"labels and conclusions," and "be enough to raise a right to relief above the speculative level." Bell Atl. Corp. v. Twombly, 550 U.S. 544, 555 (2007) (internal quotation marks omitted). To do this, the complaint is to include "sufficient factual matter, accepted as true, to 'state a claim to relief that is plausible on its face.'" Ashcroft v. Iqbal, 129 S. Ct. 1937, 1949 (2009). Though "specific facts are not necessary," Erickson v. Pardus, 551 U.S. 89, 93, 127 S. Ct. 2197, 167 L. Ed. 2d 1081 (2007), a plaintiff must provide enough detail to "present a story that holds together." Swanson v. Citibank, N.A., 614 F.3d 400, 404 (7th Cir. 2010). The purpose of the Computer Fraud Abuse Act ("CFAA"), 18 U.S.C. § 1030, is to punish individuals who destroy data and "the statute was not meant to cover the disloyal employee who walks off with confidential information." Von Holdt v. A-1 Tool Corp., 714 F. Supp. 2d 863 (N.D. Ill. 2010)(quoting Kluber Skahan & Assoc., Inc. v. Cordogen, Clark & Assoc., Inc., 2009 WL 466812 at *8 (N.D. Ill. 2009)). While primarily a criminal statute, the CFAA provides a private right of action for "any person who suffers damage or loss by reason of the violation of this section" if the conduct involves one of the factors identified in the enumerated subclauses. Subclause(I) of subsection (c)(4)(A)(i)(I)), the only relevant subclause in this case, covers conduct resulting in "loss to 1 or more persons during any 1-year period ... aggregating at least $5,000 in value." 18 U.S.C. § 1030(c)(4)(A)(i)(I). Loss is defined as "any reasonable cost to any victim, including the cost of responding to an offense, conducting a damage assessment, and restoring the data, program, system, or information to its condition prior to the offense, and any revenue lost, cost incurred, or other consequential damages incurred because of interruption of service." 18 U.S.C. § 1030(e)(11).
Direct Supply's CFAA claim stretches the Twombly/Iqbal standard beyond its limits. Paragraphs 32 and 37 of the amended complaint contend the following: "Direct Supply incurred loss of at least $5,000 in a one-year period as a result of Pedersen's unauthorized possession, access, and copying of Direct Supply's proprietary information." As drafted, it is impossible to tell whether the claimed loss satisfies the $5,000 threshhold, specifically whether Direct Supply has incurred the type of loss contemplated by the CFAA. See SKF USA, Inc. v. Bjerkness, 636 F. Supp. 2d 696, 721 (N.D. Ill. 2009); DocMagic, Inc. v. Ellie Mae, Inc., 2010 WL 3987495 at *19 (N.D. Cal. 2010); Nexans Wires S.A. v. Sark-USA, Inc., 319 F. Supp. 2d 468, 475 (S.D.N.Y. 2004). If Direct Supply believes it has suffered any damage or loss as a result of Pedersen's conduct, it should be able to state some facts underlying that belief. That such information has been omitted from the amended complaint leaves this court to wonder whether subject matter jurisdiction exists in this case. See Advantage Ambulance Group, Inc. v. Lugo, et al, 2009 WL 839085 at *4 (E.D. Pa. 2009). Hence, the court will dismisses counts one and two of the amended complaint. And, because these counts are the only bases federal court jurisdiction, the remaining state law claims will be dismissed. Williams v. Rodriguez, 509 F.3d 392, 404 (7th Cir. 2007) (citing Wright v. Assoc. Ins. Co., 29 F.3d 1244, 1251 (7th Cir. 1994)); 28 U.S.C. § 1367(c)(3) (a district court may decline to exercise supplemental jurisdiction where it has dismissed all claims over which it has original jurisdiction). Nevertheless, the court will grant Direct Supply's request to replead in a second amended complaint. Fed. R. Civ. P. 15(a)(2). Now, therefore,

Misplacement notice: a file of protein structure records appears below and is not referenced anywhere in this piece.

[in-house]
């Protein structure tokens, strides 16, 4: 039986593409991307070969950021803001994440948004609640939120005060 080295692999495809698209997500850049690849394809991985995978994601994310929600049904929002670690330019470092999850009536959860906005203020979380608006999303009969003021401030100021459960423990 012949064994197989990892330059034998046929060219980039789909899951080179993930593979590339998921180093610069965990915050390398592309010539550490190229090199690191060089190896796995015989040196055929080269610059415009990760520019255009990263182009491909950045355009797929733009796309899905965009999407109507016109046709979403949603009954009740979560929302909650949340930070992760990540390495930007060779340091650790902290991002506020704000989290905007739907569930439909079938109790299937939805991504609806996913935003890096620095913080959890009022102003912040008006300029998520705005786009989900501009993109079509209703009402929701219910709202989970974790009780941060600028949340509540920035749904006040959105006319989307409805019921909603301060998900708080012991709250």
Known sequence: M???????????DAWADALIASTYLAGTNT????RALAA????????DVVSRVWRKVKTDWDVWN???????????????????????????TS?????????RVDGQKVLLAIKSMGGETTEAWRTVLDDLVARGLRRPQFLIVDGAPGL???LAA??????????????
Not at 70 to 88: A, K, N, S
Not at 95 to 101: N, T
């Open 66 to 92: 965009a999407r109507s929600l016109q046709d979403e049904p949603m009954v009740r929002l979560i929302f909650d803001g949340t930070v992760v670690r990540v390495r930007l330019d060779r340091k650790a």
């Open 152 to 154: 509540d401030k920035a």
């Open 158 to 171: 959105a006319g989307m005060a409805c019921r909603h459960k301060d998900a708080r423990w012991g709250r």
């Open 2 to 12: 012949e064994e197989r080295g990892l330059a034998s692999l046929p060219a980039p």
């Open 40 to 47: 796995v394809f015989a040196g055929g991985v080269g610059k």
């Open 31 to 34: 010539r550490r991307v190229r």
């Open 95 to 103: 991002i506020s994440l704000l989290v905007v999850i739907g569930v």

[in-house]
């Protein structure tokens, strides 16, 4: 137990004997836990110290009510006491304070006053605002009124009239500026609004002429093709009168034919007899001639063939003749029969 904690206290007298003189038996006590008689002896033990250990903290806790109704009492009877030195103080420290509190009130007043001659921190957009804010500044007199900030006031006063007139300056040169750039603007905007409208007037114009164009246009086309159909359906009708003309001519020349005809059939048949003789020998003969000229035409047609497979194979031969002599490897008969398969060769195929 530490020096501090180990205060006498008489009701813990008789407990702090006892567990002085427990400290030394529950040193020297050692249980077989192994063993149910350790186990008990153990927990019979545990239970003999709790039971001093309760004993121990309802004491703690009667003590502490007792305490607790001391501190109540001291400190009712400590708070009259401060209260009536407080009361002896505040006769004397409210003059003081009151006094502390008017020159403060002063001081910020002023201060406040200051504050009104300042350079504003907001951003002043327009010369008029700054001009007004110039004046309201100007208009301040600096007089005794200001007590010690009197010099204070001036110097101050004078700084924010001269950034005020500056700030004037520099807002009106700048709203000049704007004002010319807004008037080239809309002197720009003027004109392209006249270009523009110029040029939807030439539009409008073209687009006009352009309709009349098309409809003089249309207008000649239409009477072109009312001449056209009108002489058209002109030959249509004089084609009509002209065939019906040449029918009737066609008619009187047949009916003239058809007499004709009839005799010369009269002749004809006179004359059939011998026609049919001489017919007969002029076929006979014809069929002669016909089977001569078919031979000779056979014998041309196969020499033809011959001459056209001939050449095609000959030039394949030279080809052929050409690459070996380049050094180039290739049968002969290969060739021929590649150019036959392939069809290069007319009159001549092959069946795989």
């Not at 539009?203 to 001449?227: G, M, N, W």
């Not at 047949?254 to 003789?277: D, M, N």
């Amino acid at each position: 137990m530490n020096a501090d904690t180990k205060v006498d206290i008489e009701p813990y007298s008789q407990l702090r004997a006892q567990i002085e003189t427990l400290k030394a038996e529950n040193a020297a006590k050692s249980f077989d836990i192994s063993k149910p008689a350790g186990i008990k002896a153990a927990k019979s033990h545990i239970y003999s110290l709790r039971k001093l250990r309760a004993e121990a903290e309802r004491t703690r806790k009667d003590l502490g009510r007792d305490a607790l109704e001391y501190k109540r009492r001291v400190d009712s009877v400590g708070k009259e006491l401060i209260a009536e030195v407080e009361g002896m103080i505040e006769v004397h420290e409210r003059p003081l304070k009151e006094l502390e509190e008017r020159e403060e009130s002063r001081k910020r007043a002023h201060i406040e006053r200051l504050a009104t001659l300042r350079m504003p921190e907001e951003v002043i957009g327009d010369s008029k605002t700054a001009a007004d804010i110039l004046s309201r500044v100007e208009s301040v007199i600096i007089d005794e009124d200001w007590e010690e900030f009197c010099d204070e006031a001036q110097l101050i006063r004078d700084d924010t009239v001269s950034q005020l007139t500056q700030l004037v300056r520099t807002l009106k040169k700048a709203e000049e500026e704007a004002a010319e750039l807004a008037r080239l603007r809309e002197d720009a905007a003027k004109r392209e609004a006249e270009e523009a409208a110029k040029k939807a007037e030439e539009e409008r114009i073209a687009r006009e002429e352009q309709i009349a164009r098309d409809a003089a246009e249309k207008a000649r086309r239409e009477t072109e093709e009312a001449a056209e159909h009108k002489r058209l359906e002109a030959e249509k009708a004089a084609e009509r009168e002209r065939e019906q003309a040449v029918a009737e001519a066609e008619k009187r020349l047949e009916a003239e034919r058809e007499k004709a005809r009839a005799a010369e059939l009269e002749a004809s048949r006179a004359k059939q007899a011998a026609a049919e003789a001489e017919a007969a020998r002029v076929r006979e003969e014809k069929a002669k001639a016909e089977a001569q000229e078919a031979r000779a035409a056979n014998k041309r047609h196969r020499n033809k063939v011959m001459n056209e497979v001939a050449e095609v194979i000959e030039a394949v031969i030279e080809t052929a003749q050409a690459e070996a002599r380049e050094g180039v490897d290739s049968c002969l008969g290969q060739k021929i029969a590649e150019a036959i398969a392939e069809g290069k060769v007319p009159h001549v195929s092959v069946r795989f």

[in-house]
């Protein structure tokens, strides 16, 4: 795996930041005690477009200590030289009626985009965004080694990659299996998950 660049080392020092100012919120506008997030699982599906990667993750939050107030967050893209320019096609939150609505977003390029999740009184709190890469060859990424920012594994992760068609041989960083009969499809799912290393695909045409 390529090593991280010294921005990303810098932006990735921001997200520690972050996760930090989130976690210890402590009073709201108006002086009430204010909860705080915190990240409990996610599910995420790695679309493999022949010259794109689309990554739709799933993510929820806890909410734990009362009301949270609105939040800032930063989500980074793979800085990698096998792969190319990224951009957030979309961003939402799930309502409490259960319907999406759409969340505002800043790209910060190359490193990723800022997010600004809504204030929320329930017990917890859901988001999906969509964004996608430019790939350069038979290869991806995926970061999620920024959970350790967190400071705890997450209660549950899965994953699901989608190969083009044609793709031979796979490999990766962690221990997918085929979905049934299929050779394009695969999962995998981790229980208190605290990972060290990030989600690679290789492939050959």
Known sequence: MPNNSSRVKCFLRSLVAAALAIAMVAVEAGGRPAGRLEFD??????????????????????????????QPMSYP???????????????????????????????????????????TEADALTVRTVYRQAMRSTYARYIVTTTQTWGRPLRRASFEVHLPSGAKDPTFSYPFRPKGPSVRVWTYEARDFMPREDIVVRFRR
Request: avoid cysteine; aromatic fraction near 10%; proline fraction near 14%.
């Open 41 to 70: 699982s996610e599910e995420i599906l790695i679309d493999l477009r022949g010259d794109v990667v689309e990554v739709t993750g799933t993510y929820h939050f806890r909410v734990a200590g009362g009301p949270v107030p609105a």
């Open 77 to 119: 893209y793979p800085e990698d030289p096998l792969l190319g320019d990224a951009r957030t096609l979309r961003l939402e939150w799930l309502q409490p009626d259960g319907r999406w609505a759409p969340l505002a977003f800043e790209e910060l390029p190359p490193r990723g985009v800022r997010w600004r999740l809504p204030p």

IT IS ORDERED that defendant's motion to dismiss counts one and two of the amended complaint is granted. IT IS FURTHER ORDERED that all remaining counts are dismissed for lack of subject matter jurisdiction. IT IS FURTHER ORDERED that Direct Supply's request to replead in a second amended complaint is granted. Direct Supply shall file a second amended complaint on or before April 12, 2010, establishing a bases for this court's exercise of federal subject matter jurisdiction. IT IS FURTHER ORDERED that Direct Supply Inc.'s expedited non-dispositive motion to permit discovery is denied as moot. IT IS FURTHER ORDERED that David Pedersen's expedited non-dispositive motion for leave to file supplemental authority in support of his motion to dismiss amended complaint is denied as moot. Dated at Milwaukee, Wisconsin, this 28th day of March, 2011. BY THE COURT
/s/ C. N. Clevert, Jr. C. N. CLEVERT, JR. CHIEF U. S. DISTRICT JUDGE